01 Jun 2016
Escape from Alcatraz
And other ways to build a strong team, Boda Borg–styleRe: Matt DuPlessie (MBA 2003)by April WhiteTopics:
Illustration by Noah MacMillan
The first challenge of Boda Borg is describing it. The Swedish company—headed by president and CEO David Spigner (MBA 1987) and imported to the United States by Chad Ellis (MBA 1998)—offers indoor “questing.” Teams of three to five people navigate groups of mental and physical challenges with names like Alcatraz, Superbanan, and the Jungle. If you break a rule—and there is no rule book—or run out of time, you have to start over. The Boda Borg experience is often described as the feeling of being the main character in your own video game. But Ellis has another comparison: The Boda Borg experience is the feeling of running a business.
“You are solving unfamiliar problems that require collaboration, brainstorming, and experimentation. It’s a lot like what you do in the work environment,” says Ellis, who opened the first Boda Borg in the United States in Malden, a suburb of Boston, last year. (Matt DuPlessie [MBA 2003] is a minority owner; his company, 5 Wits, constructed some of the quests.)
Boda Borg Boston is designed first and foremost to be fun—with 17 quests and counting in 30,000 square feet and an all-you-can-eat taco bar—but local businesses have already discovered that it can also be a learning experience for professional teams, requiring real teamwork to advance through obstacle courses and solve absurd puzzles. It can take 10 to 20 or more tries to successfully complete a single quest.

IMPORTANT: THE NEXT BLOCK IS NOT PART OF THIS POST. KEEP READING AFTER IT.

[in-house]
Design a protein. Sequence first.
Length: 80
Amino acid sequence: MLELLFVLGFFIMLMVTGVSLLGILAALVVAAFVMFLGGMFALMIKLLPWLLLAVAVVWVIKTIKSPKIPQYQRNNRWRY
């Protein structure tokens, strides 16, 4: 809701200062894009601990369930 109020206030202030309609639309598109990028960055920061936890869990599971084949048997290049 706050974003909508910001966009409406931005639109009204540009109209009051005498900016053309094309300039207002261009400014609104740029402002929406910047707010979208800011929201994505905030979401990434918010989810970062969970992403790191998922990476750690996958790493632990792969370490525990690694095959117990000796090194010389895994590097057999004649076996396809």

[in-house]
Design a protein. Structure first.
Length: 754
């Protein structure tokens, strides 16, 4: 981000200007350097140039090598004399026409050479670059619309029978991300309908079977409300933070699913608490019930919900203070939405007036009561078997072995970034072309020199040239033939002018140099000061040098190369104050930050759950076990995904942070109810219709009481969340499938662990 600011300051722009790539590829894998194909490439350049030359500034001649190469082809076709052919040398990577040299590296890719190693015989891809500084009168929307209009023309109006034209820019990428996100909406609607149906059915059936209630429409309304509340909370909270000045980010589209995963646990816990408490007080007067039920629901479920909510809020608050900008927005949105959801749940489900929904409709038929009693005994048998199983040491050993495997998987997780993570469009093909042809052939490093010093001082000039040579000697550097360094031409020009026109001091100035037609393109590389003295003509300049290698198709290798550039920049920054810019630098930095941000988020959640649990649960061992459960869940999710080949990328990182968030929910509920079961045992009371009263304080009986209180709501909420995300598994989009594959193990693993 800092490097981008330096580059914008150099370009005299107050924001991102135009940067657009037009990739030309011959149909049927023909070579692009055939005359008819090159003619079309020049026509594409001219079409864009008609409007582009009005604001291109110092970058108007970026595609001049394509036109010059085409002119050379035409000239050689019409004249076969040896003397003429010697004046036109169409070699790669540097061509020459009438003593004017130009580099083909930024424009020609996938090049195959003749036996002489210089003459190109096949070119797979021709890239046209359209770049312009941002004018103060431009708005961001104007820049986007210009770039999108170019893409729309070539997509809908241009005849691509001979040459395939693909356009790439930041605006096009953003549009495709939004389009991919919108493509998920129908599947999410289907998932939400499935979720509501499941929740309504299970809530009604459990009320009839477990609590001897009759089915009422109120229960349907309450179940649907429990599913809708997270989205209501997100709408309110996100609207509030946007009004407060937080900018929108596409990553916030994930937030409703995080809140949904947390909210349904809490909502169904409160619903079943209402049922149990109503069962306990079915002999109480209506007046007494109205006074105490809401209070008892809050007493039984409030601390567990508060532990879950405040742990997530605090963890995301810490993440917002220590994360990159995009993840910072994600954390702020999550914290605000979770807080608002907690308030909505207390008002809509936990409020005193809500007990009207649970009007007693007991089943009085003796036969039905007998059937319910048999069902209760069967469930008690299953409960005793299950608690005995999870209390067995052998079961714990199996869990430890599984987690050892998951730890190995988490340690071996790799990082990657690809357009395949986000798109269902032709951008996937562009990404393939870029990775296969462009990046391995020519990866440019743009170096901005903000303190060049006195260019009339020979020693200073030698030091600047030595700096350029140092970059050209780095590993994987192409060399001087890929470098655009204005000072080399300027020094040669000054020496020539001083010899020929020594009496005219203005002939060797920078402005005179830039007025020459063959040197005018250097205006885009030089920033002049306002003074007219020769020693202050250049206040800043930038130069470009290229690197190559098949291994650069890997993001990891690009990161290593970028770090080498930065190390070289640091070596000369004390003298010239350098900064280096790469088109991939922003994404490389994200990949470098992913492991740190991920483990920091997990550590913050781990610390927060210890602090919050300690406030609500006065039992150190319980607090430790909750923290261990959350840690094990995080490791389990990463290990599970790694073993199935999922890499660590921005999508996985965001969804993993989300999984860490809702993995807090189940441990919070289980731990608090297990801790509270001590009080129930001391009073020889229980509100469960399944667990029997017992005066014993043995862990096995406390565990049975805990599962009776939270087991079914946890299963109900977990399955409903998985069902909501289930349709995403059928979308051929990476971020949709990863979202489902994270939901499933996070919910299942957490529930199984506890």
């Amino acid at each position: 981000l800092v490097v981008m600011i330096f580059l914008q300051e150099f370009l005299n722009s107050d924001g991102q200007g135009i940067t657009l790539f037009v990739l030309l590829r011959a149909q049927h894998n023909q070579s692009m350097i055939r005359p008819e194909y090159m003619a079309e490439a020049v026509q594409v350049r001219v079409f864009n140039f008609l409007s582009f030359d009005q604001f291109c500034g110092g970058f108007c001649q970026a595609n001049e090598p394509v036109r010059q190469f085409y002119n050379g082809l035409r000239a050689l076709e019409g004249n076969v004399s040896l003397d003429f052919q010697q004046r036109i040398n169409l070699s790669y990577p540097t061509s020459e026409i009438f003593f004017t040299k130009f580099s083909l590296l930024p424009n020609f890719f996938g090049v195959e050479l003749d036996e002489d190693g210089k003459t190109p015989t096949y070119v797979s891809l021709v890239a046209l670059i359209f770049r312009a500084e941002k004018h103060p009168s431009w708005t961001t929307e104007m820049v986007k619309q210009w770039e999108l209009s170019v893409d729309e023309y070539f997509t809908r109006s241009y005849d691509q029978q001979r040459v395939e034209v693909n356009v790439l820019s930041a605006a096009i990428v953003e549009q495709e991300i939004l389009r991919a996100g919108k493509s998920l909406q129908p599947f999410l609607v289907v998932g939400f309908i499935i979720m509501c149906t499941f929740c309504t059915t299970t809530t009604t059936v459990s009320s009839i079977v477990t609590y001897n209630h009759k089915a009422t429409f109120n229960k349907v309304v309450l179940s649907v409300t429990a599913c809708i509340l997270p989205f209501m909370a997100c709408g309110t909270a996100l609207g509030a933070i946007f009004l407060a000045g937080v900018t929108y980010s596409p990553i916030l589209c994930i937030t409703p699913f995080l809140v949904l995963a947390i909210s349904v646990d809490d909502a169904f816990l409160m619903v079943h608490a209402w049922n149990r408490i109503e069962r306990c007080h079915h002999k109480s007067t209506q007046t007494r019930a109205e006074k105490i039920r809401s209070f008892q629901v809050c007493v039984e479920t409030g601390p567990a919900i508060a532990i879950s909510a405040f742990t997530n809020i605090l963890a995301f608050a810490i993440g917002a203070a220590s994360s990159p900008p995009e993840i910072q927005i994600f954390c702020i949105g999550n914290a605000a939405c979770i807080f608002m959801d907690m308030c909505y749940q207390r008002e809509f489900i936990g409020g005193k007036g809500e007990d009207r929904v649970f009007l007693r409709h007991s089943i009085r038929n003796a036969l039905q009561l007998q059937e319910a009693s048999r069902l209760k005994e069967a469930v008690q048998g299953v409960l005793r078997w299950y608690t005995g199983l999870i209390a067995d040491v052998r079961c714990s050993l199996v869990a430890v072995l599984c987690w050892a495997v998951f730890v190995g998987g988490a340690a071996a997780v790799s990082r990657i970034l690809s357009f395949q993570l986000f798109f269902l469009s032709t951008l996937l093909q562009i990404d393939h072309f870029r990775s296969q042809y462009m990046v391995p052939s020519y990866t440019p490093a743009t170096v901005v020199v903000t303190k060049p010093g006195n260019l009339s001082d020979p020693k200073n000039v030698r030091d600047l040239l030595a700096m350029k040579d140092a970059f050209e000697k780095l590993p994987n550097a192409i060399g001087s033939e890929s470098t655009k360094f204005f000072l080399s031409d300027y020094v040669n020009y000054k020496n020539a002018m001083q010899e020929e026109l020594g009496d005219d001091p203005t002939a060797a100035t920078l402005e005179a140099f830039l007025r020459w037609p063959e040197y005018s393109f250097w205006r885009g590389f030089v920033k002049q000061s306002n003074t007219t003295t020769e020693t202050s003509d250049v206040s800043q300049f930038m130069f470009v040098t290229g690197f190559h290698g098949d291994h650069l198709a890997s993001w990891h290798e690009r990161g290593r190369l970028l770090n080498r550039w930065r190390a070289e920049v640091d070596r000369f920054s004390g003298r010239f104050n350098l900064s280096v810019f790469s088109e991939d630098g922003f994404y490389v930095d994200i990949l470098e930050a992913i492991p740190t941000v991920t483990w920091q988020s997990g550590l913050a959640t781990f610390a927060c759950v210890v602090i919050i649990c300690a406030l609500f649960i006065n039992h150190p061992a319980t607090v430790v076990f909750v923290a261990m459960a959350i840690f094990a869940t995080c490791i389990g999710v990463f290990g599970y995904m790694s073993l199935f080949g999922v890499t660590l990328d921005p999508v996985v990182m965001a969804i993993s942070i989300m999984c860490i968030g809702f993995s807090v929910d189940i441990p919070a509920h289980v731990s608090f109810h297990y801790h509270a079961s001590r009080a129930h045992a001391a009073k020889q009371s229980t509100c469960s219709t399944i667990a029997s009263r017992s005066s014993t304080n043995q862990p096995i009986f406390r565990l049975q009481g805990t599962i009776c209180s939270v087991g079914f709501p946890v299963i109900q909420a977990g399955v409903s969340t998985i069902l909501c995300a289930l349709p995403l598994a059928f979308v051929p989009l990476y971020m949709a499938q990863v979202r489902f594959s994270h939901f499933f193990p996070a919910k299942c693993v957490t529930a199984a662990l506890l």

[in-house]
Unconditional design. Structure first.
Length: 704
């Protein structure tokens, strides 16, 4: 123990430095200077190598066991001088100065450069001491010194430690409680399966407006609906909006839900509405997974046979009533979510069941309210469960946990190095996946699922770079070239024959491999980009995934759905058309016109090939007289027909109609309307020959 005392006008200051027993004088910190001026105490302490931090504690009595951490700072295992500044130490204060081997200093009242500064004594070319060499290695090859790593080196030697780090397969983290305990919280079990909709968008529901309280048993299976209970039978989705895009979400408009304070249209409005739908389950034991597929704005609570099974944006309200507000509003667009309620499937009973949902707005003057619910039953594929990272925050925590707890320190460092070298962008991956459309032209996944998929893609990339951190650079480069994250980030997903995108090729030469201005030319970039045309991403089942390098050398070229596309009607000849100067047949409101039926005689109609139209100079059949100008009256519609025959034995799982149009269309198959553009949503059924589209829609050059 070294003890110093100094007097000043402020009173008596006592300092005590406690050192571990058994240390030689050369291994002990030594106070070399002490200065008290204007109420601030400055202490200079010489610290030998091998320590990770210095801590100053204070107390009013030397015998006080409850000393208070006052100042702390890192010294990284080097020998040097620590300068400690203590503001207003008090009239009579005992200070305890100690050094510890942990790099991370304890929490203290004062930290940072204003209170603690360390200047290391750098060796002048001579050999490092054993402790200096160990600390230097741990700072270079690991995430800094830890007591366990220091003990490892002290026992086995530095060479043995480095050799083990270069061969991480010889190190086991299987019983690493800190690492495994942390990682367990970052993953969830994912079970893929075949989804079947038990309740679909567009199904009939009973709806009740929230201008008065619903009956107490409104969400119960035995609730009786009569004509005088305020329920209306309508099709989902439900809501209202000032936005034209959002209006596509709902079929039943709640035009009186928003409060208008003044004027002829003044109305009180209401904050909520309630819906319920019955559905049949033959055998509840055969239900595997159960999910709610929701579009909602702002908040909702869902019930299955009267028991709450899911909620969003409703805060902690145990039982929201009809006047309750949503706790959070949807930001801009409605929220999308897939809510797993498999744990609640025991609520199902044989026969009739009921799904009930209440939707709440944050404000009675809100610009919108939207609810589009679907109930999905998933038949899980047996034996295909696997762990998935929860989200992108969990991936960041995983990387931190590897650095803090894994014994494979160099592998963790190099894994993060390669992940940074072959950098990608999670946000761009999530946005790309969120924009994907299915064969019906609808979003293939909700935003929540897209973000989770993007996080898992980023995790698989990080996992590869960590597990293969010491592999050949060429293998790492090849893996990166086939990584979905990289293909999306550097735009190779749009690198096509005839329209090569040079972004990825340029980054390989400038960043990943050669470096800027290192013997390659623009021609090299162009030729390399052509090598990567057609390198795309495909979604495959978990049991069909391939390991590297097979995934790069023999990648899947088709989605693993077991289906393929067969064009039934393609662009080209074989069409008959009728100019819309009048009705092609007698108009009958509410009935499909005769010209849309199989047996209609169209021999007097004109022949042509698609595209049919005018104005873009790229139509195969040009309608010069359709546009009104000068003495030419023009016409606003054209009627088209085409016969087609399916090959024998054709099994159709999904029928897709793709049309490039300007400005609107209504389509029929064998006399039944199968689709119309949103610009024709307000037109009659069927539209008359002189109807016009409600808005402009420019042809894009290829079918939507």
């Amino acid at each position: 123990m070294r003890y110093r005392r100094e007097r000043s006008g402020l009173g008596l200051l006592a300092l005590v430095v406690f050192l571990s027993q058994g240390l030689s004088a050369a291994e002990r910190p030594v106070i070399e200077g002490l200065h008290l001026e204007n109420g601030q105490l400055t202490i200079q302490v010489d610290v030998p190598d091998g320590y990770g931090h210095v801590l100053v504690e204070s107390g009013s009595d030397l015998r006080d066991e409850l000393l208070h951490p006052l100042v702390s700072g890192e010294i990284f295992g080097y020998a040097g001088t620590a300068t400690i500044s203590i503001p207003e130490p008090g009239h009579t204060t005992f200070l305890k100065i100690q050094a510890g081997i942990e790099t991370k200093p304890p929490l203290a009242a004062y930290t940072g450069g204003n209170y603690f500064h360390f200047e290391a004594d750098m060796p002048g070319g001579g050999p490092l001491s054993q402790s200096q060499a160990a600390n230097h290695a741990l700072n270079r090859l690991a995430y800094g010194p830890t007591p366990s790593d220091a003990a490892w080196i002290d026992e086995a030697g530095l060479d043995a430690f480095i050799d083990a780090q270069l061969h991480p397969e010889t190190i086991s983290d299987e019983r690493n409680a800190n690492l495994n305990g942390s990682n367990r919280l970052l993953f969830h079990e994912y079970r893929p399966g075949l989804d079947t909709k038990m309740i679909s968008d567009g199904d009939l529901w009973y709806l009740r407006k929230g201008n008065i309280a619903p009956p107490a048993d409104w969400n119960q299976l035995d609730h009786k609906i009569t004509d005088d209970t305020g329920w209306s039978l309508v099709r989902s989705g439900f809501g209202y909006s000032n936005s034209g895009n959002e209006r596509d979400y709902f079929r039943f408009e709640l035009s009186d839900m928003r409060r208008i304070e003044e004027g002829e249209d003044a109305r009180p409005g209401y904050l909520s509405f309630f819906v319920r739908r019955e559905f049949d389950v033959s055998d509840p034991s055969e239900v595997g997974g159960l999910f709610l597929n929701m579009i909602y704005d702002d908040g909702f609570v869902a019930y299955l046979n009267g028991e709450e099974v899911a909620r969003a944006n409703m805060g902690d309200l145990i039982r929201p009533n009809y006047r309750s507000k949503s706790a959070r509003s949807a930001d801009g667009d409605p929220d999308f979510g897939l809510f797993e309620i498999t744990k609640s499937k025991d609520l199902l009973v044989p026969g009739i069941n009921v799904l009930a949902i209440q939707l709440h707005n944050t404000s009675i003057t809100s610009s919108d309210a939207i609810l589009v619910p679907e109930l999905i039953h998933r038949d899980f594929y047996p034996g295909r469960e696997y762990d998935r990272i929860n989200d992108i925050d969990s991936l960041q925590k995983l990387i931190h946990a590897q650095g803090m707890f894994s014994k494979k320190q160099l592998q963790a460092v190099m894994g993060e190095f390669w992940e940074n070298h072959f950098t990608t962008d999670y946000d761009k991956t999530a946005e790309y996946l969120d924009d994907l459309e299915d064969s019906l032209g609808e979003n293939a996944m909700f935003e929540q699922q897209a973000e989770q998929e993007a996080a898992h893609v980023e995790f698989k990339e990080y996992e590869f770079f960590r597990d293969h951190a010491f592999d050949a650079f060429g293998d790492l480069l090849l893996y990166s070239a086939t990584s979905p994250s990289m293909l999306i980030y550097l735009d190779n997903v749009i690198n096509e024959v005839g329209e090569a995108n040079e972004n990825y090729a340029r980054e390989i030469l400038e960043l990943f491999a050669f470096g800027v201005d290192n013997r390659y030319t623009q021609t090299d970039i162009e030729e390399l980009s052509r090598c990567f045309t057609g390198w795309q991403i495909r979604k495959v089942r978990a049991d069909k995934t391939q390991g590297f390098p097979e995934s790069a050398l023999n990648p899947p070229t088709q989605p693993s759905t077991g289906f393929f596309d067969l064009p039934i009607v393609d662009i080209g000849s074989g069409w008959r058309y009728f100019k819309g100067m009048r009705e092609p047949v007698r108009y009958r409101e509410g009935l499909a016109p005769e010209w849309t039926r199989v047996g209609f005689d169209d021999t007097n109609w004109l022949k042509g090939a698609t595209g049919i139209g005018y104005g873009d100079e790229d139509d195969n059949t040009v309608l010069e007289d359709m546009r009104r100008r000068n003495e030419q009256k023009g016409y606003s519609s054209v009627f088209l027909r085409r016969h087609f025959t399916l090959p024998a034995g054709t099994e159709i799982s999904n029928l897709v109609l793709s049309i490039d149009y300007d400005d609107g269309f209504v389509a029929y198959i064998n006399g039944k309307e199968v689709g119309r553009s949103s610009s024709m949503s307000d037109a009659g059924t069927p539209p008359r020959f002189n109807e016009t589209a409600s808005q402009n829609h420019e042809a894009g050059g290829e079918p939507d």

A team that solves all the quests earns the title of Questmaster—something that not even Ellis has accomplished. And that’s not the point, he says: “Having a team that fails over and over again together on the way to success is really valuable, because the team builds confidence in each other and in their ability to fail and still be seen as contributing. They shake off the idea that failure is always a bad thing.”
- Lend A Helping Hand:
Superbanan, Boda Borg Boston’s most physical quest, isn’t just easier when you work with your teammates; it’s impossible to finish without collaboration.
- Divide and Conquer:
To escape from the first room of the Spook House, team members have to divide up tasks, each taking responsibility for observing and reporting on a different part of the room.
- Fail to Succeed:
What can you learn from sand, shells, and doubloons? How to develop, test, and refine a plan, a feedback loop that’s vital to succeeding in the Piratesquest and in bringing a product to market.
Class of MBA 1998, Section F
Class of MBA 1987, Section B